Project Plan - Landscapers' Association

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Case Study Project – Project Implementation

Monitoring and Evaluation Plan

Landscapers’ Association

of New South Wales

Project Management Plan

Centralised Database Records Management System

Landscapers’ Association of New South Wales

Project Management Plan

Centralised Database Records Management System

Restructure the Association’s current record keeping functions and implement a centralised database records system to give all staff access to the same information from individual workstations.

Project Objective

To develop a centralised database records system to significantly speed up information flow throughout the organisation and thereby resulting in more time for staff to proactively pursue tasks that will enhance and develop the Association’s service to its members.

AGGREGATE PROJECT MANAGEMENT PLAN

The Aggregate Project Management Plan consists four strategies: the Project Management Plan Flow Chart, GANTT Chart, and comprehensive Project Management Plans. The three strategies are the core, inter-dependent working components of the project portfolio. A fourth strategy is used to manage the on-going Program for monitoring, maintenance, evaluation, and effectiveness of the new database records system.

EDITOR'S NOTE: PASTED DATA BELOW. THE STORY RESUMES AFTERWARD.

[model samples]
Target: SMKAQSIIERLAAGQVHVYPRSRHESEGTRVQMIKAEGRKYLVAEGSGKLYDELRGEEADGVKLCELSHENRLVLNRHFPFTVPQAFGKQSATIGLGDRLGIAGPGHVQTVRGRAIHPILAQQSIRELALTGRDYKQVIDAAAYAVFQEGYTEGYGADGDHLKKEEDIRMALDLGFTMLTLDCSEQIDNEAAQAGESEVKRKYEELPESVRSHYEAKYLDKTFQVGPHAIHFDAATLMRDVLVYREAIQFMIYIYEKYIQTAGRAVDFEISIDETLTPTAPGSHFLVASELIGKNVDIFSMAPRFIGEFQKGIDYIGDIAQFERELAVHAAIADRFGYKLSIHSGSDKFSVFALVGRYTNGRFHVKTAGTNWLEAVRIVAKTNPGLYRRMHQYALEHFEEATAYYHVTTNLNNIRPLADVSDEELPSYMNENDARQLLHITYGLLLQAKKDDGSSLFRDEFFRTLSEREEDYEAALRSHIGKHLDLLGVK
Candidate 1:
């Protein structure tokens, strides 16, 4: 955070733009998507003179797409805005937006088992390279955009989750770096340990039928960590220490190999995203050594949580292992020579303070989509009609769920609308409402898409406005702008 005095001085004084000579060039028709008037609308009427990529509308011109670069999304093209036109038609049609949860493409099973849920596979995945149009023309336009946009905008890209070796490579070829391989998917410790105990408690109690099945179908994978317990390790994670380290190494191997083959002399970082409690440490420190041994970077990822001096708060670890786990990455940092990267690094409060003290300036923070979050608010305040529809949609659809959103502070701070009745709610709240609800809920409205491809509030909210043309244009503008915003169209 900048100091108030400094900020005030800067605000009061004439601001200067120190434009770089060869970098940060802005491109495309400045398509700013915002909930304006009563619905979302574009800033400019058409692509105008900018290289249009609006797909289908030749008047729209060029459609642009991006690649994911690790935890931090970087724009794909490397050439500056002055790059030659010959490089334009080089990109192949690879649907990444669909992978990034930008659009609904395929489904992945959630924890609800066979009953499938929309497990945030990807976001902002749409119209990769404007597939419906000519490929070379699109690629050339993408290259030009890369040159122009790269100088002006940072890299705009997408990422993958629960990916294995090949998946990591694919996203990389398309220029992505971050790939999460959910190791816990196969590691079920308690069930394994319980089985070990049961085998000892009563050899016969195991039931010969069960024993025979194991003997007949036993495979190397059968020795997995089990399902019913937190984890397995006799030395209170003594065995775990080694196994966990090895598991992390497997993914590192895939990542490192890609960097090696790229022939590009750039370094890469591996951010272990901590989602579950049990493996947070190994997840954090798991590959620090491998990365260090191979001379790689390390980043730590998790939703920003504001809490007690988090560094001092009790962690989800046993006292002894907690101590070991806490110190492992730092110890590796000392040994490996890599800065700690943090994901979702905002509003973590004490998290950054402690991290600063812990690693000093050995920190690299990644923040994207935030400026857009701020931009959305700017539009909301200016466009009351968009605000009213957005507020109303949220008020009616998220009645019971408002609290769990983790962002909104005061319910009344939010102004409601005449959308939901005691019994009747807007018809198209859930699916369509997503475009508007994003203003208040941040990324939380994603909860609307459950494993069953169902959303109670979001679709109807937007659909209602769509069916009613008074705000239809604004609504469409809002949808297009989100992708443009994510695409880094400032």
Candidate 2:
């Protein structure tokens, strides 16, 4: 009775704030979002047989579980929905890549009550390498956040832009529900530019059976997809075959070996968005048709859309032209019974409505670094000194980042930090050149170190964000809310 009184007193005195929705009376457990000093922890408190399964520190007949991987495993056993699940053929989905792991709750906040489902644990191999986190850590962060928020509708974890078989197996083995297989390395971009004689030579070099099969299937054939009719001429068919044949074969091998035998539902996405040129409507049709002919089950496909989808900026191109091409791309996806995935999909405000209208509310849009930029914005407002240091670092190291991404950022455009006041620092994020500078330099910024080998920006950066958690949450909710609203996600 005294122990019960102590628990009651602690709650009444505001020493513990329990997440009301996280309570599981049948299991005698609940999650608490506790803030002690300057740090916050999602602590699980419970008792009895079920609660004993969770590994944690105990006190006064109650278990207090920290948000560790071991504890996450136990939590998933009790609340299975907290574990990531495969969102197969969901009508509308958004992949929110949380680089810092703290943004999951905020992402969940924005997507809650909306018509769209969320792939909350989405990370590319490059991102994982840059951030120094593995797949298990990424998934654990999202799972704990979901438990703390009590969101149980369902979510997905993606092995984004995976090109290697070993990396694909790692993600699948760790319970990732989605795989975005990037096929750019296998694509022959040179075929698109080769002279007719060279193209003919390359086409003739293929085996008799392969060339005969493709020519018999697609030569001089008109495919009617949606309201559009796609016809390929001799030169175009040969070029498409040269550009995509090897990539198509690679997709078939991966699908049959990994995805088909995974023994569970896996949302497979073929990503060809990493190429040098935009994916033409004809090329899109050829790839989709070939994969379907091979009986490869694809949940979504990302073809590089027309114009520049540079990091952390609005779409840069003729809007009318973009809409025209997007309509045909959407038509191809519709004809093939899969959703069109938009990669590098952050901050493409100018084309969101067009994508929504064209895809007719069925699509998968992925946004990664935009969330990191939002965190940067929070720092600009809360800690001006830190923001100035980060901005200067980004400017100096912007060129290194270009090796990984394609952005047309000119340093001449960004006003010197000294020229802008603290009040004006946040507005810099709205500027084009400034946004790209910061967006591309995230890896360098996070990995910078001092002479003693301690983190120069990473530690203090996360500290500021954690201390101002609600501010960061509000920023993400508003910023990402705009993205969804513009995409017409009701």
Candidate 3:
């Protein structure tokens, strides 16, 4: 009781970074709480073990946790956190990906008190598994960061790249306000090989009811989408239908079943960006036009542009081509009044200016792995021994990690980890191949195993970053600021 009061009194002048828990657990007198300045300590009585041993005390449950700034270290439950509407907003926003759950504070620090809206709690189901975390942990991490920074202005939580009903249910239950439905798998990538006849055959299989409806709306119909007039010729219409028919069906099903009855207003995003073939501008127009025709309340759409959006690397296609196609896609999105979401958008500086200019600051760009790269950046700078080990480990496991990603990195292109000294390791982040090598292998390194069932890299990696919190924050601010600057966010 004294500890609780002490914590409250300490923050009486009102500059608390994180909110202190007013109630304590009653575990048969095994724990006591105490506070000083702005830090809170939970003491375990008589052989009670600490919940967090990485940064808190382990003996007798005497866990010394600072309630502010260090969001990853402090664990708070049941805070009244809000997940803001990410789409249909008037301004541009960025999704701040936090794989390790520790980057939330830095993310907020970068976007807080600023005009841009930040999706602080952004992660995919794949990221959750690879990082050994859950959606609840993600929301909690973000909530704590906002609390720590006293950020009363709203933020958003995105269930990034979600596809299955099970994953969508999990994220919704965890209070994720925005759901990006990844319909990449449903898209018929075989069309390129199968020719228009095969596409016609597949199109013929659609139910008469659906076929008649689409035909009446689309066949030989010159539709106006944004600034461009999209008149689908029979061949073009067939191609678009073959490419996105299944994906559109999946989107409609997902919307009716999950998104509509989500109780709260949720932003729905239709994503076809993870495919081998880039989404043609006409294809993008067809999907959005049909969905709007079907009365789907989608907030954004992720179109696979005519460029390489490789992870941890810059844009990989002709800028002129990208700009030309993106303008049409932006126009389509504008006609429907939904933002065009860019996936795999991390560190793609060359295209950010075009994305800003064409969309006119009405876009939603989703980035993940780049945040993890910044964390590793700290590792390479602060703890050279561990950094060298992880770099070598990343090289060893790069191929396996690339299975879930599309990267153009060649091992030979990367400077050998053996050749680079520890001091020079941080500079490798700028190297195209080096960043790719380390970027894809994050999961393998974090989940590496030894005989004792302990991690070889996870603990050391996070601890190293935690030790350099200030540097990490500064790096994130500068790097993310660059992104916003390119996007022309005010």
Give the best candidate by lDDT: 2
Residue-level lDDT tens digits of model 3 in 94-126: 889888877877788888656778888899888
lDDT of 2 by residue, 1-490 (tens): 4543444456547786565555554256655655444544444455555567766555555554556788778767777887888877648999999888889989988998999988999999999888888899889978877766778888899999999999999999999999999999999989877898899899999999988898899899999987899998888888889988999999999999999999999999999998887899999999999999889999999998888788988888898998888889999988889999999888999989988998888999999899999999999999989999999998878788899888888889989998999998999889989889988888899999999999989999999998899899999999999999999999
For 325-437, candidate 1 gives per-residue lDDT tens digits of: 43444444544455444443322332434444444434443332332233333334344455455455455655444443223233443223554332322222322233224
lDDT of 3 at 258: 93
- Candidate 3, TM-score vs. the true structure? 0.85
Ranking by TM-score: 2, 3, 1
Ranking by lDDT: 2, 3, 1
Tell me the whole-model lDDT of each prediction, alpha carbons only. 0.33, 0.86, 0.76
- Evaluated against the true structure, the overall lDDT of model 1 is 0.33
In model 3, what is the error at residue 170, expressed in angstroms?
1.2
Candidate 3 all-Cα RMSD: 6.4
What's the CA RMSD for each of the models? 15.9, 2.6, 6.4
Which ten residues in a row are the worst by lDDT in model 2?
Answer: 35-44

Project Management Life Cycle

The Project Management Life Cycle is a process map to assist in understanding the life cycle of the project. The key lesson is to recognise that each step depends on it predecessor. To manage the project successfully, each step must be completed in order:

  1. Define
  2. Plan
  3. “The Loop”
    1. Executive
    2. Adjust
    3. Monitor
  4. Complete
  5. Evaluate
  6. Celebrate

Essential Components for Effective Project Management

  1. Detailed Activity for each Plan and Phase
  2. Correct Sequencing
  3. Estimated timeframe for each Activity
  4. Responsibility for each Activity

The four Aggregate Project Plan strategies or processes are summarised as follows.

  1. Project Management Plan Flow Chart

The Project Management Flow Chart details the eight key Project Management Plans and the major tasks for implementation in each Plan. Full detail on deployment of each task, staff/ department/ Supplier responsibility, estimated duration, any predecessors, timeframe, and milestones is shown in the GANTT Chart.

  1. GANTT Chart

The GANTT Chart addresses each Plan and identifies essential Tasks, staff responsibility, predecessors, and timeframe in each step of the Plan.

  1. Project Management Plans
    1. Initial Phase Plan